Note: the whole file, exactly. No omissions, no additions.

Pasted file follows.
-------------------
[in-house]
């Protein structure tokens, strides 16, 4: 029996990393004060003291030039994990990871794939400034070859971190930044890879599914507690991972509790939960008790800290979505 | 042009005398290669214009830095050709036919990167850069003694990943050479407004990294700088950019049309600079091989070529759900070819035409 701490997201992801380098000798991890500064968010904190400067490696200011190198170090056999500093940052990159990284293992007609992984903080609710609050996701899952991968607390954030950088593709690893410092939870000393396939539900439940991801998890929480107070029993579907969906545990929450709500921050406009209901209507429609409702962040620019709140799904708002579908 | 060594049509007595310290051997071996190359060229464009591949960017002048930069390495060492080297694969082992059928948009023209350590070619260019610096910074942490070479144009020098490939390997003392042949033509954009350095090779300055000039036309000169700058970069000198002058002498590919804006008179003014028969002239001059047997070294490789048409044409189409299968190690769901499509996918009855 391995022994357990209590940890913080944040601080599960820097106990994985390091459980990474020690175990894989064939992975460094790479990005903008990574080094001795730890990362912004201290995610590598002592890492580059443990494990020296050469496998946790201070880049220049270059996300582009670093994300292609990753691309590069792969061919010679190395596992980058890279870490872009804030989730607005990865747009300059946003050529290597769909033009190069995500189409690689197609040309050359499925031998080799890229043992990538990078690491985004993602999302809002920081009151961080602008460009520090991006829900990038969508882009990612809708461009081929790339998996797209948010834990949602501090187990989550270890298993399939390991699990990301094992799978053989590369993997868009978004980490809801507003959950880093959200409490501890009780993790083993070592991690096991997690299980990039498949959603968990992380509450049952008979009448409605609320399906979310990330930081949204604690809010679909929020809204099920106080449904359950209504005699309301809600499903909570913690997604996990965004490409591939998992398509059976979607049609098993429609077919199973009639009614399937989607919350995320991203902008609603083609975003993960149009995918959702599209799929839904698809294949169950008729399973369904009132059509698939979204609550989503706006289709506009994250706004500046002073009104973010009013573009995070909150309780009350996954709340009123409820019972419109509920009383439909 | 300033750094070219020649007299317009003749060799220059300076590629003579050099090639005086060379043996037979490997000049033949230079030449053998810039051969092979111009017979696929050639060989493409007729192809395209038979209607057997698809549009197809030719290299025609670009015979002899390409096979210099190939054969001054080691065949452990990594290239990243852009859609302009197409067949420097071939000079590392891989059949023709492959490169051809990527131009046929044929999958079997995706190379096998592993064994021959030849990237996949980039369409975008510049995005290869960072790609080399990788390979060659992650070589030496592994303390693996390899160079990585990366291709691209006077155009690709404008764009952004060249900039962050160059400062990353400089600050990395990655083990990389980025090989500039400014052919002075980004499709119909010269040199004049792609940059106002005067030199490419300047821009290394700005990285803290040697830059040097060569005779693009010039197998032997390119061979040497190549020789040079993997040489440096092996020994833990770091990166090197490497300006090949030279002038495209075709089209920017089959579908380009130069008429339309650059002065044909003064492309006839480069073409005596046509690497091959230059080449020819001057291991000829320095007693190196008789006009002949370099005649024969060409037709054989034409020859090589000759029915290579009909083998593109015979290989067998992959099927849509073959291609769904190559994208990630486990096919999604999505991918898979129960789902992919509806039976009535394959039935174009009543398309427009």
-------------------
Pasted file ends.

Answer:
[in-house]
């Protein structure tokens, strides 16, 4: 029996990393004060003291030039994990990871794939400034070859971190930044890879599914507690991972509790939960008790800290979505 | 042009005398290669214009830095050709036919990167850069003694990943050479407004990294700088950019049309600079091989070529759900070819035409 701490997201992801380098000798991890500064968010904190400067490696200011190198170090056999500093940052990159990284293992007609992984903080609710609050996701899952991968607390954030950088593709690893410092939870000393396939539900439940991801998890929480107070029993579907969906545990929450709500921050406009209901209507429609409702962040620019709140799904708002579908 | 060594049509007595310290051997071996190359060229464009591949960017002048930069390495060492080297694969082992059928948009023209350590070619260019610096910074942490070479144009020098490939390997003392042949033509954009350095090779300055000039036309000169700058970069000198002058002498590919804006008179003014028969002239001059047997070294490789048409044409189409299968190690769901499509996918009855 391995022994357990209590940890913080944040601080599960820097106990994985390091459980990474020690175990894989064939992975460094790479990005903008990574080094001795730890990362912004201290995610590598002592890492580059443990494990020296050469496998946790201070880049220049270059996300582009670093994300292609990753691309590069792969061919010679190395596992980058890279870490872009804030989730607005990865747009300059946003050529290597769909033009190069995500189409690689197609040309050359499925031998080799890229043992990538990078690491985004993602999302809002920081009151961080602008460009520090991006829900990038969508882009990612809708461009081929790339998996797209948010834990949602501090187990989550270890298993399939390991699990990301094992799978053989590369993997868009978004980490809801507003959950880093959200409490501890009780993790083993070592991690096991997690299980990039498949959603968990992380509450049952008979009448409605609320399906979310990330930081949204604690809010679909929020809204099920106080449904359950209504005699309301809600499903909570913690997604996990965004490409591939998992398509059976979607049609098993429609077919199973009639009614399937989607919350995320991203902008609603083609975003993960149009995918959702599209799929839904698809294949169950008729399973369904009132059509698939979204609550989503706006289709506009994250706004500046002073009104973010009013573009995070909150309780009350996954709340009123409820019972419109509920009383439909 | 300033750094070219020649007299317009003749060799220059300076590629003579050099090639005086060379043996037979490997000049033949230079030449053998810039051969092979111009017979696929050639060989493409007729192809395209038979209607057997698809549009197809030719290299025609670009015979002899390409096979210099190939054969001054080691065949452990990594290239990243852009859609302009197409067949420097071939000079590392891989059949023709492959490169051809990527131009046929044929999958079997995706190379096998592993064994021959030849990237996949980039369409975008510049995005290869960072790609080399990788390979060659992650070589030496592994303390693996390899160079990585990366291709691209006077155009690709404008764009952004060249900039962050160059400062990353400089600050990395990655083990990389980025090989500039400014052919002075980004499709119909010269040199004049792609940059106002005067030199490419300047821009290394700005990285803290040697830059040097060569005779693009010039197998032997390119061979040497190549020789040079993997040489440096092996020994833990770091990166090197490497300006090949030279002038495209075709089209920017089959579908380009130069008429339309650059002065044909003064492309006839480069073409005596046509690497091959230059080449020819001057291991000829320095007693190196008789006009002949370099005649024969060409037709054989034409020859090589000759029915290579009909083998593109015979290989067998992959099927849509073959291609769904190559994208990630486990096919999604999505991918898979129960789902992919509806039976009535394959039935174009009543398309427009």